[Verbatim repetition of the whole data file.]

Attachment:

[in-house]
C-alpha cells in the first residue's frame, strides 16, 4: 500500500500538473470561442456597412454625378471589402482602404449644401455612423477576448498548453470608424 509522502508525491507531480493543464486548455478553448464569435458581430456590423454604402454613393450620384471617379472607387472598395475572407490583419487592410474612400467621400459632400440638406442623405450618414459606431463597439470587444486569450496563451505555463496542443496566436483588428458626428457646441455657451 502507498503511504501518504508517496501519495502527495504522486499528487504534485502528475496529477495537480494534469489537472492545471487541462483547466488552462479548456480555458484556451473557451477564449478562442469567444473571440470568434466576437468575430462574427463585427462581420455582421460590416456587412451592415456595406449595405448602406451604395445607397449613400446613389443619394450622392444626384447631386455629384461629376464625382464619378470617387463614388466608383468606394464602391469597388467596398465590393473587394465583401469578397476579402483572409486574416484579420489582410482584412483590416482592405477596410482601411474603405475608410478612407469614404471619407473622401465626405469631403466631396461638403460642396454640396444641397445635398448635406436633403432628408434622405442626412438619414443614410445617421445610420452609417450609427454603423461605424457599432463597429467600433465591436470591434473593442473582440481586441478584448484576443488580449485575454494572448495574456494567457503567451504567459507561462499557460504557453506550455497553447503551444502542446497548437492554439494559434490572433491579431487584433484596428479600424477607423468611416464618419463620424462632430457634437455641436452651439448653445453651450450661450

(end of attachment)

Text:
[in-house]
C-alpha cells in the first residue's frame, strides 16, 4: 500500500500538473470561442456597412454625378471589402482602404449644401455612423477576448498548453470608424 509522502508525491507531480493543464486548455478553448464569435458581430456590423454604402454613393450620384471617379472607387472598395475572407490583419487592410474612400467621400459632400440638406442623405450618414459606431463597439470587444486569450496563451505555463496542443496566436483588428458626428457646441455657451 502507498503511504501518504508517496501519495502527495504522486499528487504534485502528475496529477495537480494534469489537472492545471487541462483547466488552462479548456480555458484556451473557451477564449478562442469567444473571440470568434466576437468575430462574427463585427462581420455582421460590416456587412451592415456595406449595405448602406451604395445607397449613400446613389443619394450622392444626384447631386455629384461629376464625382464619378470617387463614388466608383468606394464602391469597388467596398465590393473587394465583401469578397476579402483572409486574416484579420489582410482584412483590416482592405477596410482601411474603405475608410478612407469614404471619407473622401465626405469631403466631396461638403460642396454640396444641397445635398448635406436633403432628408434622405442626412438619414443614410445617421445610420452609417450609427454603423461605424457599432463597429467600433465591436470591434473593442473582440481586441478584448484576443488580449485575454494572448495574456494567457503567451504567459507561462499557460504557453506550455497553447503551444502542446497548437492554439494559434490572433491579431487584433484596428479600424477607423468611416464618419463620424462632430457634437455641436452651439448653445453651450450661450